Weather Report was the Jazz Fusion group of the 70’s & 80’s. During the period inwhich Ken Burns declared “Jazz died”, Joe Zawinul & Wayne Shorter created some of the most intelligent and creative music period. Blending worldly rhythms around well thought out compositions and throwing in some improvisational fire to boot, Weather Report grew to become one of the most recognized music groups in the Columbia stable. During their 15 year recording duration, Weather Report went through four very distinct periods, each of which evolved around the bass player and a revolving group of percussionist. These periods are defined by Miroslav Vitous (71-74), Alphonso Johnson(74-76), Jaco Pastorious (77-82)and finally, Victor Bailey (83-86). This CD captures pieces of six various concerts from three of those four periods. It would have been nice to throw in a live version of “Boogie Woogie Waltz” or “125th Street Congress” from the Miroslav Vitous period. It could have painted a very colorful picture of how the music evolved over the 15 year time-span that Weather Report recorded.
The music is hot and furious in places and flat out cool and uneven in others. I wish the producers would have sequenced the songs in the order they were recorded instead of trying to make this sound like one long concert. The hottest tracks seem to come from the 1975 concert. “Freezing Fire”, “Cucumber Slumber” and “Man In The Green Shirt” just flat out smoke. On these tracks the chemistry is magical – Zawinul and Shorter are locked in while the rhythm section cooks. Shorter blows his best when the bassist pushes him, and nobody did it quite like Alphonso Johnson. The Jaco Pastorious band excels on “Elegant People”, “Black Market” and “Port of Entry”. Here again, Shorter smokes while Jaco flirts and dances around him on bass. The rhythm sections always provided plenty of energy for the band to build an effective launching pad. This is great stuff.

The tracks that don’t work well include “Where The Moon Goes”. It was easy to like the studio version of this song because Manhattan Transfer worked their magic on the vocals, but the vocorder synthesizer version here does not work at all. It sounds out of place – yet, points to where the group was headed at the time – downhill. If you can program your CD player to play the tracks in the order they were recorded, it becomes very obvious that the magic had left by the time the 1983 concert was recorded.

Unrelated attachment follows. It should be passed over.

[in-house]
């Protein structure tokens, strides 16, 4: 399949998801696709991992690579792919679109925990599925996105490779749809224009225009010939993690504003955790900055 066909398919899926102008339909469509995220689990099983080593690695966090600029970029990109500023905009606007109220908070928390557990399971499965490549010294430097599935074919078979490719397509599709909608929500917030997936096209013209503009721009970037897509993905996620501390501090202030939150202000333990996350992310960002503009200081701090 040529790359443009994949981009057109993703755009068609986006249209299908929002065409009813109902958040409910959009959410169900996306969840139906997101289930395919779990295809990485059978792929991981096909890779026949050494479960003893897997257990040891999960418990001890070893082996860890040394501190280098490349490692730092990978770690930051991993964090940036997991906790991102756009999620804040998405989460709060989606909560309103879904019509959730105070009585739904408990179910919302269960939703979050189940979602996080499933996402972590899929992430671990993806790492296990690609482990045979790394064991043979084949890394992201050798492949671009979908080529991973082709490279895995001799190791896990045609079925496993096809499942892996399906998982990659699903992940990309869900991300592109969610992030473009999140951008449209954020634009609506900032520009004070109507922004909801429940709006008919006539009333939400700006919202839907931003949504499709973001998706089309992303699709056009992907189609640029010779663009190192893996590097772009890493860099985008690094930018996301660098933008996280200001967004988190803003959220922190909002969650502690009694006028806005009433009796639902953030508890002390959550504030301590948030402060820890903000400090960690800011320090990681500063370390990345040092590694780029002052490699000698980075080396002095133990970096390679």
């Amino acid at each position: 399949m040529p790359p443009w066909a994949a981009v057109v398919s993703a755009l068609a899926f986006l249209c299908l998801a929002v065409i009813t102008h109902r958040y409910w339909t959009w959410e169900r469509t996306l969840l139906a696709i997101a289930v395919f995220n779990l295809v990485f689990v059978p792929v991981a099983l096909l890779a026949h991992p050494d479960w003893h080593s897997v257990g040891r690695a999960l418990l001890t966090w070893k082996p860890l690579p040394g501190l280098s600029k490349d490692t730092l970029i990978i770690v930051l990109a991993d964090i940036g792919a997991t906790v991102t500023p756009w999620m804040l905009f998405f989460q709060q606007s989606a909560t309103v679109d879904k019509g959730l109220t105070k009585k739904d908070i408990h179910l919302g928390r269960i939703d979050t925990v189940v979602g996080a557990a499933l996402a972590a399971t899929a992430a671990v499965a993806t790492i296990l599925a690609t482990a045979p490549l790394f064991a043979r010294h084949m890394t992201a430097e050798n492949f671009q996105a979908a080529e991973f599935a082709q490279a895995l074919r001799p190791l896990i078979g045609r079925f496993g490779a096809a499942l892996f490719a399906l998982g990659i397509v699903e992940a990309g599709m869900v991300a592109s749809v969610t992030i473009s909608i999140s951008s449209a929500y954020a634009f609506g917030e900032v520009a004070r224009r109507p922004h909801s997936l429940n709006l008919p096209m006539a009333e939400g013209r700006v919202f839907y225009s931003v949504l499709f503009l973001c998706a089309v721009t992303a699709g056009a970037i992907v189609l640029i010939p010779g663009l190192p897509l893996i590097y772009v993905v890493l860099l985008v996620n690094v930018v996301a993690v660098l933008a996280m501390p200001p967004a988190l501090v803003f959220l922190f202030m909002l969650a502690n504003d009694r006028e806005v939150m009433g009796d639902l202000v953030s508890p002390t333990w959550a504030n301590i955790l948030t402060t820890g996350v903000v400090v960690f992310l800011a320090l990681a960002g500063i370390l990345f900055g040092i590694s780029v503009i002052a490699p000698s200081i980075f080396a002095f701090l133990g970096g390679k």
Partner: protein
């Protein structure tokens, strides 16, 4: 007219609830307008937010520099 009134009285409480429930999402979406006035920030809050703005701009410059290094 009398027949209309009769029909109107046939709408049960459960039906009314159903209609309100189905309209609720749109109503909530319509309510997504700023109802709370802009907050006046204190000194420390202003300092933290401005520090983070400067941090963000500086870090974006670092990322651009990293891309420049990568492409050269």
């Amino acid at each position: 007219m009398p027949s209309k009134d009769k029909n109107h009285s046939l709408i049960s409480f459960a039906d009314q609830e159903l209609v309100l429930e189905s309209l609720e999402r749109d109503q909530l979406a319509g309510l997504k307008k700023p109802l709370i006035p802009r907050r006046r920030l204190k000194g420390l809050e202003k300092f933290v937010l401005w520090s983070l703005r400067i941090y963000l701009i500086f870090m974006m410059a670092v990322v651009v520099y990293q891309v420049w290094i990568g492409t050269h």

Overall, this double-disc is a good representation of Weather Report in various live settings. I can only hope that somewhere in the Columbia vaults is the rest of that November 27, 1975 London Concert awaiting release, along with a couple of live tracks from the 71-74 Miroslav Vitous band. Until then, this will have to do.
By  A. Davis.
**
Joe Zawinul- Keyboards, Vocals
Jose Rossy- Percussion, Concertina
Robert Thomas, Jr.- Percussion
Chester Thompson- Drums
Alex Acuña- Percussion, Drums
Joe Zawinul- Synthesizer, Fender Rhodes, Vocals, Piano, Piano (Electric)
Manolo Badrena- Percussion
Alphonso Johnson- Bass (Electric), Chapman Stick
Victor Bailey- Bass (Electric)
Peter Erskine- Drums
Omar Hakim- Drums
Jaco Pastorius- Bass (Electric)
Wayne Shorter- Sax (Soprano), Sax (Tenor), Lyricon,
**
Cd 1:

01. Freezing Fire (Live) 8:15
02. Plaza Real (Live) 7:03
03. Fast City (Live) 6:49
04. Portrait Of Tracy (Live) 5:56
05. Elegant People (Live) 4:27
06. Cucumber Slumber (Live) 11:39
07. Teen Town (Live) 6:29
08. Man In The Green Shirt (Live) 10:31

*
Cd 2:

01. Black Market (Live) 9:28
02. Where The Moon Goes (Live) 12:05
03. River People (Live) 6:57
04. Two Lines (Live) 6:15
05. Cigano (Live) 5:59
06. In A Silent Way/Waterfall (Live) 5:45
07. Night Passage (Live) 5:53
08. Port Of Entry (Live) 8:08
09. Rumba Mama (Live) 1:15
10. Directions/Dr. Honoris Causa (Live) 8:38
**